Colin Edwards Will Retire from Racing after 2014 Season

Announcing his decision during the pre-event press conference for the Red Bull Grand Prix of the Americas, Colin Edwards told the assembled press that 2014 would be the Texan’s last season racing a motorcycle. Citing a lack of improvement on his performance in pre-season testing and at the Qatar GP, Edwards decision perhaps answers the lingering question in the paddock of when the American rider would hang-up his spurs after an illustrious career in AMA, WSBK and MotoGP. Talking about his inability to come to terms with the Forward Yamaha, which Aleix Espargaro was able to take to the front of the pack in Qatar, Edwards was at a loss when it came to understanding the Open Class machine and his lack of results.

MSF Updates Its Basic RiderCourse Curriculum

It is no surprise that statistics from the NHTSA show that motorcycle accidents and injuries are on the rise. According to the 2012 Motor Vehicle Crash report published by the NHTSA, motorcycle fatalities for that year rose to 4,957, up seven percent from 2011, while injuries increased 15% to 93,000. While the NHTSA statistics are misleading because the motorcycle category includes mopeds, scooters, three-wheelers, pocket bikes, mini bikes, and off-road vehicles, new riders need every advantage they can afford. The Motorcycle Safety Foundation has taken notice of these statistics and has revised the curriculum for its Basic RiderCourse to include a new Basic eCourse, which students will take prior to in-person instruction.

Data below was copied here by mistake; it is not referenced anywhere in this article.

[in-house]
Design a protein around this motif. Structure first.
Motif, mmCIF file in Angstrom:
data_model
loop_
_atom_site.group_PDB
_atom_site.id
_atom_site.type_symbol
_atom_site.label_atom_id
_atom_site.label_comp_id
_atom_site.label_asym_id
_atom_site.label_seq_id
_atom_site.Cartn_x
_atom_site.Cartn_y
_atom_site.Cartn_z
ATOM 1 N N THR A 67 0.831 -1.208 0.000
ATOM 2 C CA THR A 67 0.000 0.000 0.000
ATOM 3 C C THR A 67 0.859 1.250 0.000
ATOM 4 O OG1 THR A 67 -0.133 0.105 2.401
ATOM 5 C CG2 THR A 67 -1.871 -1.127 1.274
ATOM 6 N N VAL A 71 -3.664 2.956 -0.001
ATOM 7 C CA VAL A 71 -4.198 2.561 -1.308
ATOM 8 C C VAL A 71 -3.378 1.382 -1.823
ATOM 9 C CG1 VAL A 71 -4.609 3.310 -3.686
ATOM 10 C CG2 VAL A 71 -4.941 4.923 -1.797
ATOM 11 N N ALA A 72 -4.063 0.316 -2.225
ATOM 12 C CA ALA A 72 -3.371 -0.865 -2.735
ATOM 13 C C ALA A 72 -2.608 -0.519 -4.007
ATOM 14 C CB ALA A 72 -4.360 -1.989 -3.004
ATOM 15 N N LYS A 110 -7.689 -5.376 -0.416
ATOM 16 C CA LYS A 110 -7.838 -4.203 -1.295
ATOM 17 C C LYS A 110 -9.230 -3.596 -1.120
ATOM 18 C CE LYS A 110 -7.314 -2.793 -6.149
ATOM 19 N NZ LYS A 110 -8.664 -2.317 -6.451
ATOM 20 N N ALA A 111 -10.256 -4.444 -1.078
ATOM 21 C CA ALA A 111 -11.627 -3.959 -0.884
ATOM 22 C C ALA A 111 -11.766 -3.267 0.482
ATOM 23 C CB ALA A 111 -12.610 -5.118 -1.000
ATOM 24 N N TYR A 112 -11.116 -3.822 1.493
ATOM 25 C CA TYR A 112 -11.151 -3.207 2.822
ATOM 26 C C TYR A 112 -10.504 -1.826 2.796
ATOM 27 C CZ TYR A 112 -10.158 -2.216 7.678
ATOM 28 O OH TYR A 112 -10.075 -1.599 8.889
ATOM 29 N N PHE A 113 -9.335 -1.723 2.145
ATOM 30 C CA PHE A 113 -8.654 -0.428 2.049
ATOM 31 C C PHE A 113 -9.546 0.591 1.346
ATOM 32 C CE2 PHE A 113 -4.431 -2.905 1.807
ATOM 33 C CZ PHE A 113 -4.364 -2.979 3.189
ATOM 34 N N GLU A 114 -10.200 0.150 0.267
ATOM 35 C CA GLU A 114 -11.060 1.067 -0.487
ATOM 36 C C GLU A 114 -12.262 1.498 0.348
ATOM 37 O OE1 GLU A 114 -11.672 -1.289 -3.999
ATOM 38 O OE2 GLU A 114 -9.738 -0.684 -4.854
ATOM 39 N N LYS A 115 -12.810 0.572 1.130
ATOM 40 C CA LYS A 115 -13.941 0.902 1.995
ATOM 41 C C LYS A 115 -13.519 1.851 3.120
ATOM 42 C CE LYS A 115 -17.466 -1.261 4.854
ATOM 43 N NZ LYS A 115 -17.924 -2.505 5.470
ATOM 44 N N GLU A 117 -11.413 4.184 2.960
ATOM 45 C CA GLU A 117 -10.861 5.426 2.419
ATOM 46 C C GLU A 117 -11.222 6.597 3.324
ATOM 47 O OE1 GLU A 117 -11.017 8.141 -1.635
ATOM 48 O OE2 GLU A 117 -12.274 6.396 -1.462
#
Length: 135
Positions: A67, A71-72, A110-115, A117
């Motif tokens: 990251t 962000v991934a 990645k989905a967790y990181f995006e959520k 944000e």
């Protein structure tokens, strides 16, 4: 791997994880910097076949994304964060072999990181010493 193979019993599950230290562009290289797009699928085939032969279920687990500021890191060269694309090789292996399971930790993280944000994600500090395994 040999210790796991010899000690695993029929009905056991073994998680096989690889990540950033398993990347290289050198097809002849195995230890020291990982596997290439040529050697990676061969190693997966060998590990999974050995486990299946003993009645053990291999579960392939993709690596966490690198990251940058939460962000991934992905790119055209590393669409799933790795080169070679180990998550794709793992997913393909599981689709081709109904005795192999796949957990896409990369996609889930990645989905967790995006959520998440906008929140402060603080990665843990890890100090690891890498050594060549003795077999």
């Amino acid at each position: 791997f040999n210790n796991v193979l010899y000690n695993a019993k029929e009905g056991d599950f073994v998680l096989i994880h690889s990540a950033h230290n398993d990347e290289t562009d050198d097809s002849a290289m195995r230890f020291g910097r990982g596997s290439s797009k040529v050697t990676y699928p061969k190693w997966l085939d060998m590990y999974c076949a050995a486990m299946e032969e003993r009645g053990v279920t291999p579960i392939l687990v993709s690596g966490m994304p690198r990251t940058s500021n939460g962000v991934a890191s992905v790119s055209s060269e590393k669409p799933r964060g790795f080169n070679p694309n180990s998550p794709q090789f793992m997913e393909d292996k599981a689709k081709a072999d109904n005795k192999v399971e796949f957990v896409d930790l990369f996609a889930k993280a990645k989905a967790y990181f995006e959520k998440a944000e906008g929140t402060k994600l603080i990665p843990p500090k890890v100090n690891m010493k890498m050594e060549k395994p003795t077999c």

Yamaha Trademarks “R1S” & “R1M” at USPTO – “YZF-R1M” Trademarked Abroad – But Why?

Are new Yamaha YZF-R1 models coming down the pipe? That’s the question being asked after trademark filings in the US and abroad tipped off Yamaha Motor’s intention to use “R1S”, “R1M”, and “YZF-R1M” for motorcycle, scooter, and three-wheeled purposes. The filings are being taken as hints towards a possible multiple trim levels of the Yamaha YZF-R1 superbike, with the “S” and “M” designations being different spec machines than the current base model. The “S” nomenclature is a popular one in the two and four-wheeled world, though “M” would certainly be a novel designation, outside of say…BMW.

Bell & COTA Create Texas-Themed Limited-Edition Helmet

Continuing its theme of making limited-edition helmets for premier-class US rounds, Bell Helmets has teamed up with the Circuit of the Americas and Chris Wood, of Airtrix, to create a Texas-themed Bell Star Carbon helmet, just in time for COTA’s MotoGP race next weekend. Available only until April 13th, the Bell/COTA helmet features a red, white, and blue flag motif on the front, with both the American and State of Texas flags visible, which then wrap around the rear to merge with a hardwood design, reminiscent of the floorboards in a Western saloon. The helmet is also crowned with a Longhorn cattle skull, which adds to the Texan motif. The specially designed helmet also features a horseshoe, the COTA logo, and the 2014 Red Bull MotoGP of The Americas logo.